Friday, February 25, 2011

E-Books, Libraries, and HarperCollins' Anti-Library Announcement

Today the word spread through the library community that HarperCollins has declared war on library lending of e-books. Initially librarians had a letter from Overdrive, cast in relentlessly positive terms, that nevertheless contained the shocking information that "some publishers" had demanded a new restriction on e-book lending: In addition to treating each e-book as a single physical copy, that can be loaned to only one person at a time, e-books will now also "wear out"; after twenty-six loans, the copy goes poof, and if the library wishes to continue to lend that book, they must buy it again.

Physical copies don't wear out and fall apart after only twenty-six lendings. When they do start to wear out, libraries can repair them. When the library does decide to deaccession those books, they can put them in the book sale. And libraries normally purchase physical copies at a small discount, or they pay extra for library binding, which means the book will be more physically durable.

Libraries don't get that discount on e-books. They pay more for them than the individual buyer does. And when they decide they no longer need a particular title, they can't resell it in the library book sale. The one advantage is that it's not going to wear out, that it can keep circulating, without repair, for as long as the library needs it to.

Now HarperCollins is saying no, that e-book is going to "wear out" faster and more catastrophically than any normal physical copy. It's no longer selling e-books to libraries; it's renting them, and it's a very expensive rental. One has to wonder what the Powers That Be at HarperCollins think about all those physical copies circulating for as long as they physically last, or used book stores, buying and selling physical copies after the original purchaser no longer wants them.

I believe that the fundamental problem here is that the publishing industry has largely been swallowed up by the entertainment industry. Publishing has never had the profit margins that the movies and television consider normal, and the entertainment conglomerates are frustrated by this. They're also deeply committed to achieving, as far as possible, a pay-per-view world. Everyone expects to pay to see a movie every time they go to the theater to see it, even if they do that a hundred times. You can't legally record it for your own use. TV is still mostly free-to-watch; even if you pay for cable, you mostly don't pay extra for each show--but that's because the advertisers are paying for it. And with pay-per-view movies and specials, you do pay for one or a limited number of viewings or a limited time period of access; you don't get to "keep" that show forever, for the most part. Movies and television bitterly resisted the VCR; they've made their peace with it and its descendants now, but remember they get a kickback for each blank media you purchase.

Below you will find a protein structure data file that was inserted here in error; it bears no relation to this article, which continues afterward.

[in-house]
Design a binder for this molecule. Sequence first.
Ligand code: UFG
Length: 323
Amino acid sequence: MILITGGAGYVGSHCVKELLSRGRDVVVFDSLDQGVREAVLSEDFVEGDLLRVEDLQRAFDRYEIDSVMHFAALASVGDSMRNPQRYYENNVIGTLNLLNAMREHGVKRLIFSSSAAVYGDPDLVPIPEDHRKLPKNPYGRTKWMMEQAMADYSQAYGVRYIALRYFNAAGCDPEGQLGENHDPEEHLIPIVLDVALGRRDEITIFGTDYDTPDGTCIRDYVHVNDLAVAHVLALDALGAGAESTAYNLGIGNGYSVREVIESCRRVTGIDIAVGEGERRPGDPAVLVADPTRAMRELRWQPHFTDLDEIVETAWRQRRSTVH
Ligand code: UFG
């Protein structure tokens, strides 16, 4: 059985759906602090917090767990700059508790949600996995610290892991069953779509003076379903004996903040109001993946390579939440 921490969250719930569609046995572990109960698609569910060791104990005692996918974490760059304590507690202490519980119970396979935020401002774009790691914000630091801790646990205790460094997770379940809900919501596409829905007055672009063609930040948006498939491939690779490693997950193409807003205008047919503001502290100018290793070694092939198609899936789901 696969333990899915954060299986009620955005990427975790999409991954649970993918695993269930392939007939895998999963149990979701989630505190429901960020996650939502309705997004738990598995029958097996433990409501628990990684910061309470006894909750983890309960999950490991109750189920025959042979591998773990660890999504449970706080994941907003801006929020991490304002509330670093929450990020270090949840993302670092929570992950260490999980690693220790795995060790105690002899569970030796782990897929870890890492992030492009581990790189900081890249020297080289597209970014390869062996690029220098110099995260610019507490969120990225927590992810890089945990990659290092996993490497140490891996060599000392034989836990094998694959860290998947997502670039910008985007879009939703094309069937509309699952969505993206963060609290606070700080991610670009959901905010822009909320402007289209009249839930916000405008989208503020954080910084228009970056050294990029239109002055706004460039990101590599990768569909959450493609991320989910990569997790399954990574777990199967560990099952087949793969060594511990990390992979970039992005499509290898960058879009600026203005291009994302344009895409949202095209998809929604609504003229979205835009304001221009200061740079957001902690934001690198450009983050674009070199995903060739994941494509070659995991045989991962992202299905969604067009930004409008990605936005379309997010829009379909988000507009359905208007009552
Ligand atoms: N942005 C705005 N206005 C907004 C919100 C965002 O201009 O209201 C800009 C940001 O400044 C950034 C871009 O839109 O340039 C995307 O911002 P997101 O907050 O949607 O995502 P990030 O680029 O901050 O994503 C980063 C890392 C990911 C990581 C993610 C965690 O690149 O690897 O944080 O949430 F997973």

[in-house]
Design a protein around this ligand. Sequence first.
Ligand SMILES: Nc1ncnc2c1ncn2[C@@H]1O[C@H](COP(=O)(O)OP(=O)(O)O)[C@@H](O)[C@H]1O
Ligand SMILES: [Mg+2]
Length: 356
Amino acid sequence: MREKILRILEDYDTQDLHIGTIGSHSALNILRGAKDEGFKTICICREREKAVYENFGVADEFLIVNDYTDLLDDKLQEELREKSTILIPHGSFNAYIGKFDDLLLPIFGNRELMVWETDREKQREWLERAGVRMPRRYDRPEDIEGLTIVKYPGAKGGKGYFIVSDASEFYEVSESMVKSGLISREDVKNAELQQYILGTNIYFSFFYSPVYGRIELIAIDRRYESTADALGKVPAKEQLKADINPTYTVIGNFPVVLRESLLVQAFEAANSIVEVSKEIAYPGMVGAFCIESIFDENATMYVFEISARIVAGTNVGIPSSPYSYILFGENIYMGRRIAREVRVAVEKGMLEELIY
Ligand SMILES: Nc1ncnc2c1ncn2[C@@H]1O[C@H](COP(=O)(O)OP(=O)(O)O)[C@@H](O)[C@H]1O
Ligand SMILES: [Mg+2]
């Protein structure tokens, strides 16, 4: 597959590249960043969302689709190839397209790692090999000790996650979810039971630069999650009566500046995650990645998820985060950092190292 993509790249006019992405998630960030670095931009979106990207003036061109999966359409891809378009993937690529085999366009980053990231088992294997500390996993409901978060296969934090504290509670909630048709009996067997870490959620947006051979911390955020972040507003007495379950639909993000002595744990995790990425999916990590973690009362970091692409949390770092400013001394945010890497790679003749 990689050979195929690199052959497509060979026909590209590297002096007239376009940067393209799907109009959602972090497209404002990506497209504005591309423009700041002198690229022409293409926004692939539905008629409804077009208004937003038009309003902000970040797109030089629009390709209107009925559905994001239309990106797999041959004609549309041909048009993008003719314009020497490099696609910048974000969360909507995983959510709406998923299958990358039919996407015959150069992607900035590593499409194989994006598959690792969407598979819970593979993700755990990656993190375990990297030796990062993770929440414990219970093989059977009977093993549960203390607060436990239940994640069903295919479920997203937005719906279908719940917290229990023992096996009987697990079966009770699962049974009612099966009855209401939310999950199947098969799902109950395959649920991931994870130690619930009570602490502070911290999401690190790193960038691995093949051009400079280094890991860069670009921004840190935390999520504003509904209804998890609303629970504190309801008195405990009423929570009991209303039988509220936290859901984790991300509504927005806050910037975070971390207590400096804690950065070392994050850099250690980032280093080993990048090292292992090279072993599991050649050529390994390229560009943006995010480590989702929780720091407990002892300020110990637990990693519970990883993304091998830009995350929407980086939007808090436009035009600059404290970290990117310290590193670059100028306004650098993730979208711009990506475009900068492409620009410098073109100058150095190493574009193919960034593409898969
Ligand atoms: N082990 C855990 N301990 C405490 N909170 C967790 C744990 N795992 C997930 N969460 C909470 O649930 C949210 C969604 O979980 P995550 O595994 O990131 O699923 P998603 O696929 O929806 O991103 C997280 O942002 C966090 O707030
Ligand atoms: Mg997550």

The entertainment conglomerates now own most of the publishing industry, and they're attempting to impose this model on publishing. In this frame, libraries look like an outrage. The experiences of publishers (as different as National Academies Press and Baen Books) that free or cheap access to e-books actually boosts the sales of print copies is irrelevant, in fact incomprehensible to them.

Libraries, as they always have, are moving forward with the new technology, attempting to make all kinds and formats of information and reading material available to the users despite terrible budget crunches. HarperCollins, with the rest of the publishing industry likely following close behind, is choosing to make that harder, and cripple libraries' ability to serve the needs of their users. But libraries are where young readers and new readers, who don't yet have the money and the commitment to reading to go out and buy their books, develop that taste and that need. Write off the young readers and the new readers, and the publishers will lose them not for a few years, but forever, as they take themselves off to other kinds of entertainment.